Hands of My Father (2009) by Myron Uhlberg, a successful author of children’s/juvenile fiction, is a nicely written memoir of growing up at the tail end of the depression and through WWII as the child of deaf parents. Uhlberg does not romanticize the experience, it is painfully honest at times, funny at times, and always filled with love for his parents. This book is really about his relationship with his father. He was a remarkable man that required Myron to be his ears and his voice one minute and then a child the next.
Myron translated his Father's words, emotions, and being to an ignorant uncaring world. Uhlberg took me into his world as a child and into his Father's world as much as that is possible.
This memoir is well written. It does not follow a strict timeline but moves from year to year to further the story and make the appropriate impact. Pictures are reproduced as part of the text and interspersed throughout the book at the appropriate times. I like that as opposed to the usual block of glossy pictures in the middle of a biography, you don't have to flip back and forth to the pictures as you read the text.
Two passages stood out for me. First: "Hearing people talk only with the mouth. Hearing words tumble from the mouth, one word after another word, like a long word train. the meaning is not clear until the caboose word comes out of the mouth tunnel. These are only dry words, like dead insects. Mouth-talk is like a painting with no color. You can see shape. Understand an idea. But it's flat, like a black and white picture. There is no life in a black and white picture.
"My language is not a black and white language. The language of my hands and face and body is a Technicolor language. When I am angry, my language is red hot like the sun. When I am happy my language is blue like the ocean, and green like a meadow, and yellow like pretty flowers.
"My language is God's language. He put His language in my hands for all my time on earth. In heaven I will have no need for sign. I will talk directly to God." (pg. 131)
The second: Uhlberg describes a weekly gathering of deaf people on Coney Island beach, they would come from all over that part of the city to stay in touch with others of their own world. Sitting in a circle, as someone arrived they would widen their circle of lawn/beach chairs without breaking their conversations. The kids were always in the middle of the circle playing, so their parents could watch them. Uhlberg describes the language as a "...wild diversity of language on display, the different styles reflecting a wide variety of personalities and geographic origins, as well as differences between the sexes. The men tended to sign more aggressively, more assertively than the women. the outgoing personalities signed expansively, while the shy tended to make smaller, more guarded signs. Some were so reserved that they made only the most tentative gestures in the air, constipated strings of small, stunted signs. Some signed with abandon, even boisterously, while others signed demurely. Some signed loudly, some softly. Some signed with comic exaggeration, while the signing of others was more controlled, more thoughtful. A couple who had moved to the Bronx from a small town in Georgia signed with an accent I didn't recognize. My father told me they signed with a drawl, and it was true that their signs did seem to flow from their hands like syrup, thick and slow." (pg. 113)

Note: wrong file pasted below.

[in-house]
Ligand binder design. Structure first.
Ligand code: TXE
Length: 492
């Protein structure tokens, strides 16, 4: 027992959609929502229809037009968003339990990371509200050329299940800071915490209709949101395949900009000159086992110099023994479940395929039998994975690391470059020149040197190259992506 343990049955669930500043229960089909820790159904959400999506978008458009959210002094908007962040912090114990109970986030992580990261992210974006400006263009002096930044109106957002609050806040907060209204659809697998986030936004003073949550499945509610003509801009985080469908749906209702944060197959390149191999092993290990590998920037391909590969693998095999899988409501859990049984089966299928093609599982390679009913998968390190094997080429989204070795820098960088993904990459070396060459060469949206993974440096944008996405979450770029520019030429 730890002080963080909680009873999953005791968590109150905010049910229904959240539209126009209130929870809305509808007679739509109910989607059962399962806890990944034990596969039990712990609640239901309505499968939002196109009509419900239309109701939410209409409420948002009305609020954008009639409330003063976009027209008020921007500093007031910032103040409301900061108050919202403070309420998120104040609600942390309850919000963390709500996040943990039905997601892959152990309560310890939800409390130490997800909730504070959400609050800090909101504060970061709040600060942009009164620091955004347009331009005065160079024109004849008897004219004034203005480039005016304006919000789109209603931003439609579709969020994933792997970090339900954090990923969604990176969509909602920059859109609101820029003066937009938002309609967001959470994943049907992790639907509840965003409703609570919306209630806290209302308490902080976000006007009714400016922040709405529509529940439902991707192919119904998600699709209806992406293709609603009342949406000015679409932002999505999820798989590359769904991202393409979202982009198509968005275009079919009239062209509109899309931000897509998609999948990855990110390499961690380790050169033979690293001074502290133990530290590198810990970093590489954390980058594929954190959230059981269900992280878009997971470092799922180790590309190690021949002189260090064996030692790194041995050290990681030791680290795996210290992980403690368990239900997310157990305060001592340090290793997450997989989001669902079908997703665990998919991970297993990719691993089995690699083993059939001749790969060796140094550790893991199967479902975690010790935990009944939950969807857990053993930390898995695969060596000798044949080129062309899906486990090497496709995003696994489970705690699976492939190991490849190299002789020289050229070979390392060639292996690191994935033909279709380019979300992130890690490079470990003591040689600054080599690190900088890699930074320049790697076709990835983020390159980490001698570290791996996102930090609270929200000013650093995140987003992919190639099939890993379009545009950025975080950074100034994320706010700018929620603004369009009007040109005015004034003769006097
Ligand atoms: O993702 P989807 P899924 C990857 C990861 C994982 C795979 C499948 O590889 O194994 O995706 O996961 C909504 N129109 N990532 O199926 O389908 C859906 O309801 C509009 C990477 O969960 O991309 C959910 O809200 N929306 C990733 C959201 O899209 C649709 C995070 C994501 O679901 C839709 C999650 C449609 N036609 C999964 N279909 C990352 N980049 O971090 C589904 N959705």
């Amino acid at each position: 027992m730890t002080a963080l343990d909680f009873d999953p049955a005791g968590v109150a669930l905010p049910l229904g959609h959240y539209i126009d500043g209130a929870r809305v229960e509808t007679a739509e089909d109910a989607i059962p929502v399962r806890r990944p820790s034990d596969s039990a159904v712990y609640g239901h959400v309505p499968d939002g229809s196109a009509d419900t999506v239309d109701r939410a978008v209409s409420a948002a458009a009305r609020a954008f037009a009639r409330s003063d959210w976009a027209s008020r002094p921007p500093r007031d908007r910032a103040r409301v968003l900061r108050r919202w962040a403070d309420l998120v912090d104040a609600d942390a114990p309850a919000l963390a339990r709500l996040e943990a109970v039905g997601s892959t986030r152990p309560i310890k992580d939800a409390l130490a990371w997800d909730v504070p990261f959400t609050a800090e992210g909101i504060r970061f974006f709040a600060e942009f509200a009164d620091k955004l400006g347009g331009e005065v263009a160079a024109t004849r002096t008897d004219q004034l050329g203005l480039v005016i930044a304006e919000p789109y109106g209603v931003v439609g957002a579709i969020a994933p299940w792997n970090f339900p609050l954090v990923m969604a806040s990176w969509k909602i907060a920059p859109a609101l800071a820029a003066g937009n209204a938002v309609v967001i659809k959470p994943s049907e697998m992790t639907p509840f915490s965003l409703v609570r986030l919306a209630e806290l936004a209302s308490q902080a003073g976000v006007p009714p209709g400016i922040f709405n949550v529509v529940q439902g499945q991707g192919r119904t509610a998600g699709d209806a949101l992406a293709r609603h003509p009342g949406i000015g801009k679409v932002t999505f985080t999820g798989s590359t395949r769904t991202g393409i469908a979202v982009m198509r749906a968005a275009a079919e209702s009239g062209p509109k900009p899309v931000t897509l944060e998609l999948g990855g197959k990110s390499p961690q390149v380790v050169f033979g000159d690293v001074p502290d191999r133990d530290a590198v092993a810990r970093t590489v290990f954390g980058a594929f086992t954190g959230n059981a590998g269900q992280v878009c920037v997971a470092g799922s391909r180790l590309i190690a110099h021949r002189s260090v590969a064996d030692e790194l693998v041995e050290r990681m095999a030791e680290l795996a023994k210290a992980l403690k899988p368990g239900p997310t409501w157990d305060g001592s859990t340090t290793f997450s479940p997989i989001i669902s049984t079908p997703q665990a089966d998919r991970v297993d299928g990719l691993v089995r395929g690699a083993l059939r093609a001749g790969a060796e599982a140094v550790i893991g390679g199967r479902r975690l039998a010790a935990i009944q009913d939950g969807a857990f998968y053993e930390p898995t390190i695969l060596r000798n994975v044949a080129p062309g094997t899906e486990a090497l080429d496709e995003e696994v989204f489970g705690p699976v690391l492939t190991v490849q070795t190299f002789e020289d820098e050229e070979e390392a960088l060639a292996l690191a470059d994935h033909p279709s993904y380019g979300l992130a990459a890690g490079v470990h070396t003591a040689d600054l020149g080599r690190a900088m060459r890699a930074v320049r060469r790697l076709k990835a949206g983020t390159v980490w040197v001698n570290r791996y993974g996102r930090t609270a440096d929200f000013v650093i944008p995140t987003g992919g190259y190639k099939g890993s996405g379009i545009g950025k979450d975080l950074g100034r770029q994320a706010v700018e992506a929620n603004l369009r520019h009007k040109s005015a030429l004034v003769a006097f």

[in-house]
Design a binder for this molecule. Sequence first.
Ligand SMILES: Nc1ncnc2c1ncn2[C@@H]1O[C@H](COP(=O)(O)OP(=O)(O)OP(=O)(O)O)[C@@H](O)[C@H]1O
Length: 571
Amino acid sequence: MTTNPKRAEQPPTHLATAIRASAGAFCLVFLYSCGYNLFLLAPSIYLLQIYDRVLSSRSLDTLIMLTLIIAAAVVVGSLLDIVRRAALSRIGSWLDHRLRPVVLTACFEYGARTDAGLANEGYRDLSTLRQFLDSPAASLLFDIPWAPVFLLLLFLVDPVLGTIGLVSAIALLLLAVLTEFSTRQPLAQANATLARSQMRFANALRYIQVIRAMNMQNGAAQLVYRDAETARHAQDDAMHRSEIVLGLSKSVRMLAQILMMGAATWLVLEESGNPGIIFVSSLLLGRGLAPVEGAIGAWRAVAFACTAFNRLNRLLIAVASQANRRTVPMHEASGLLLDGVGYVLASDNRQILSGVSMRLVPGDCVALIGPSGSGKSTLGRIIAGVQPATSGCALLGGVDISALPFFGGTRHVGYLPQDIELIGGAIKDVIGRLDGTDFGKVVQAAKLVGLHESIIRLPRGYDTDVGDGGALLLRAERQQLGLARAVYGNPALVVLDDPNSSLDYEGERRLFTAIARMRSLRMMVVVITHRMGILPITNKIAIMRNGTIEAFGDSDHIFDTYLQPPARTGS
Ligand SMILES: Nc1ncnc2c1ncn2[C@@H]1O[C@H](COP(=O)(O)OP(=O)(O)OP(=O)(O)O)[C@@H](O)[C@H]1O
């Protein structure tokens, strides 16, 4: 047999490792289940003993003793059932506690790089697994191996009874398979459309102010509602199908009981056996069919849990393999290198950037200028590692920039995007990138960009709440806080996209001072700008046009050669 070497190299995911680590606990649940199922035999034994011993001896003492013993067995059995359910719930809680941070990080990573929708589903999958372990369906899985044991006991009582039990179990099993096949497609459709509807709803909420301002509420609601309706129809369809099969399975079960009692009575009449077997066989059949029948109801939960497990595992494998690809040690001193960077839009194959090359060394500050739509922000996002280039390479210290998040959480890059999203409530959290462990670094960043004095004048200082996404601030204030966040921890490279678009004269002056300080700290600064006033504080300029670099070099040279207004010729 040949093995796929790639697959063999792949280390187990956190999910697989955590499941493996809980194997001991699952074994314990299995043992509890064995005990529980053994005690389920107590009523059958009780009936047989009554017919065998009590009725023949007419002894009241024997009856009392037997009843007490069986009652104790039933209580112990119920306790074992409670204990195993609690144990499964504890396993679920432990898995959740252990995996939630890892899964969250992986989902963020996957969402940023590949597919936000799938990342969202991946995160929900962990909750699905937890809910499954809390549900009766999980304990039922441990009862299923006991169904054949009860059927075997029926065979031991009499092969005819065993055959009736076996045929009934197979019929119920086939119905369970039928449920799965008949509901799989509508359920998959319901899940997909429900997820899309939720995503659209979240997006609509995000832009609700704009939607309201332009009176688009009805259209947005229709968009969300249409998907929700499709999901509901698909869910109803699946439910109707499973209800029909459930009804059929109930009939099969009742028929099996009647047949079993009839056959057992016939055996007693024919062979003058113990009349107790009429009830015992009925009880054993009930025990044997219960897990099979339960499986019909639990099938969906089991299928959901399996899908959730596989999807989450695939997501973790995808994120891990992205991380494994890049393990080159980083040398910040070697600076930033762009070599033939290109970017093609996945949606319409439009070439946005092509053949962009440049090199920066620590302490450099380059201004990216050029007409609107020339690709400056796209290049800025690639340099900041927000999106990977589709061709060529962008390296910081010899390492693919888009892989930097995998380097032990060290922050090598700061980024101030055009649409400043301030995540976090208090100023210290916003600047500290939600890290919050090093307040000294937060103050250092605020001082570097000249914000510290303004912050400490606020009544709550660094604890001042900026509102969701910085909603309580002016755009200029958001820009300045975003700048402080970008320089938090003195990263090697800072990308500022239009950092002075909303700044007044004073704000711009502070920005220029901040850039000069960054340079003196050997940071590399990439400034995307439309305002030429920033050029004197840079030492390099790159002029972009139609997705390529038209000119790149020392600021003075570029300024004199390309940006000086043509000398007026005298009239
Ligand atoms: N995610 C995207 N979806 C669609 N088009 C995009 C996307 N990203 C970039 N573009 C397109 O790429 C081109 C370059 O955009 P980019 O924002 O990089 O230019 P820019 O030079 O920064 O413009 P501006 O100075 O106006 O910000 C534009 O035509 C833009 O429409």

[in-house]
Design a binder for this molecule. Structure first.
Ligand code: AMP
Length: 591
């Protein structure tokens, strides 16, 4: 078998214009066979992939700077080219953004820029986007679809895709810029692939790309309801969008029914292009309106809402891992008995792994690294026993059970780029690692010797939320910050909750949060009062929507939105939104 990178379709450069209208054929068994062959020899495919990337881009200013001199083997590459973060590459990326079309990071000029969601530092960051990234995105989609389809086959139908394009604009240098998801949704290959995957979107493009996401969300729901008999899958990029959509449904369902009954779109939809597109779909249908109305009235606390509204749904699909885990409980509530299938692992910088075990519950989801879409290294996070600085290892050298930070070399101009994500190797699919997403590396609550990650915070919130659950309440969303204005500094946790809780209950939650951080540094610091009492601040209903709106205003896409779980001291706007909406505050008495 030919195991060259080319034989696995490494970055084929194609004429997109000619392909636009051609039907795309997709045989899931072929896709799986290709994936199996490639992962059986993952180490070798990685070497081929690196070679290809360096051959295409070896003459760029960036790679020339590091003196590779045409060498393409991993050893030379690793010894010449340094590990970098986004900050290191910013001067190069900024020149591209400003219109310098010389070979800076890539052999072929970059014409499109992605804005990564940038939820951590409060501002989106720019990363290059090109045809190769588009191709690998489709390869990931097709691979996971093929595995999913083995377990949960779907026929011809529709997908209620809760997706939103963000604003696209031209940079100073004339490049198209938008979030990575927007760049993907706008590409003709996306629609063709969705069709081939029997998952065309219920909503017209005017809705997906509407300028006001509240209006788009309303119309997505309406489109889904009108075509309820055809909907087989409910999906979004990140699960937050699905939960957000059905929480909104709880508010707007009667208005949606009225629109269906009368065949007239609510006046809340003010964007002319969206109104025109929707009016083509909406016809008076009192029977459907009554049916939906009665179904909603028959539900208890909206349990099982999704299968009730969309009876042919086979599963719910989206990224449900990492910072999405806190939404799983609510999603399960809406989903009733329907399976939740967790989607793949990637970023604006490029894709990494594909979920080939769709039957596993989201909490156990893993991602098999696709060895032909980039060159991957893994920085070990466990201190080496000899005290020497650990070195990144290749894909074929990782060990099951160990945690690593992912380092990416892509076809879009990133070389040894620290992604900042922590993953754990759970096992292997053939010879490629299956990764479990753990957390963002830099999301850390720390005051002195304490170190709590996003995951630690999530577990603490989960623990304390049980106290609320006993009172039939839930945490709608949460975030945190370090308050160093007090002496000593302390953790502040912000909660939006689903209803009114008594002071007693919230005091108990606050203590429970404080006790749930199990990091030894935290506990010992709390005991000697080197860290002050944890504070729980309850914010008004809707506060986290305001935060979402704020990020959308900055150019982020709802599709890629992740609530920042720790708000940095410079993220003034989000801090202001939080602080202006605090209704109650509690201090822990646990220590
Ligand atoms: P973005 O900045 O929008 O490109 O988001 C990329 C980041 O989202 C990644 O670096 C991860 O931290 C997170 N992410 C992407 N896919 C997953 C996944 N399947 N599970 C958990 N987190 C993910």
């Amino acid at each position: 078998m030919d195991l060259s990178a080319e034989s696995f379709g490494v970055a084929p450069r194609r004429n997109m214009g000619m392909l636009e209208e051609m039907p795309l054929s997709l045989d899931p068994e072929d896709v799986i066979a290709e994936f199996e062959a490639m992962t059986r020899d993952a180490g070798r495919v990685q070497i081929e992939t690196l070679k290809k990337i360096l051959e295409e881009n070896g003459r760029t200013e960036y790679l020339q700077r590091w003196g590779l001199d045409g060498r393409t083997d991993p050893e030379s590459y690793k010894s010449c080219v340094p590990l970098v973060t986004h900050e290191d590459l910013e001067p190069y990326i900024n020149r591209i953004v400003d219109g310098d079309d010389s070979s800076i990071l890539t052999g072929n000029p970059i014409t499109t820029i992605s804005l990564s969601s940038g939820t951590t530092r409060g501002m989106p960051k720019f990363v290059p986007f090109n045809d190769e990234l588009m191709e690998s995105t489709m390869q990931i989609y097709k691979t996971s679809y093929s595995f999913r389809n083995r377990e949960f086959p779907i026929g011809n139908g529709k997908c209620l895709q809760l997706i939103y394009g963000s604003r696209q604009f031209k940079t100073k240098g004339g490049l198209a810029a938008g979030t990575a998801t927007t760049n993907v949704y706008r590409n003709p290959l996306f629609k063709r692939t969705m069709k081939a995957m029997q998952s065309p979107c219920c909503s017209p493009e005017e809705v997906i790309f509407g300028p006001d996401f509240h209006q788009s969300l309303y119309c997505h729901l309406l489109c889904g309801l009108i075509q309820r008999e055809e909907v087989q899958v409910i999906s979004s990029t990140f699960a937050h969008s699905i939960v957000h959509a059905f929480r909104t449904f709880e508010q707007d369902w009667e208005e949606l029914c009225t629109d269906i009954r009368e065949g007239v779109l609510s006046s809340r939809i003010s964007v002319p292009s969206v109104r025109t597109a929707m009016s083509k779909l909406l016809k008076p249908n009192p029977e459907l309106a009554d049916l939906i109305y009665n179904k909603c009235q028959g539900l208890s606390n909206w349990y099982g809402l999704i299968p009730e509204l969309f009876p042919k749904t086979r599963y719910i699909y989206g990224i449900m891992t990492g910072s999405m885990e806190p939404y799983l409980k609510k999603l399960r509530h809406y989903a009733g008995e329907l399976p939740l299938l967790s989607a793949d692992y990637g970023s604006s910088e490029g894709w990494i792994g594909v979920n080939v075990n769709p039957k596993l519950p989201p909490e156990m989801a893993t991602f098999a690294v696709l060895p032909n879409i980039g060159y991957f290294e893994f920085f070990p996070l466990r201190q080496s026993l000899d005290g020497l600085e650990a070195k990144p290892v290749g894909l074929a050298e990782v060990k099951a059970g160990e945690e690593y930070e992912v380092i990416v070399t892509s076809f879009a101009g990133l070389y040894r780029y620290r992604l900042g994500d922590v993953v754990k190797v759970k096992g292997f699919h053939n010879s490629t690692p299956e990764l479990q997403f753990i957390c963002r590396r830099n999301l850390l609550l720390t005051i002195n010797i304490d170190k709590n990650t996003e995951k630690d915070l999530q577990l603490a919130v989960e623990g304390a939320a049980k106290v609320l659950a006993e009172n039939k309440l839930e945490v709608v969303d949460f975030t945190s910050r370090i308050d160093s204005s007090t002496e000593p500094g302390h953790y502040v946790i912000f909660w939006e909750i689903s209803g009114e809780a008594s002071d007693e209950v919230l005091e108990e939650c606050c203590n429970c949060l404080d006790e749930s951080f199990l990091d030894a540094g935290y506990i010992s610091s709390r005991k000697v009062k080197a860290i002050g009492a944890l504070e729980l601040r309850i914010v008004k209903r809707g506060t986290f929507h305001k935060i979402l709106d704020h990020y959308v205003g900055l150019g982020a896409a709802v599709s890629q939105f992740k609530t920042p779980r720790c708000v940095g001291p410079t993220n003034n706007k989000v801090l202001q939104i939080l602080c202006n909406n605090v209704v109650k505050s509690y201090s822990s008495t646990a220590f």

If you decide to read this wonderful memoir you will laugh at the antics of Myron acting out the Joe Louis fights for his father while listening to them on the radio and you will be moved by his Father's passion for Jackie Robinson. Both are men that he relates to in a way that would not have occurred to me. It is a wonderful book of a son's love for his father.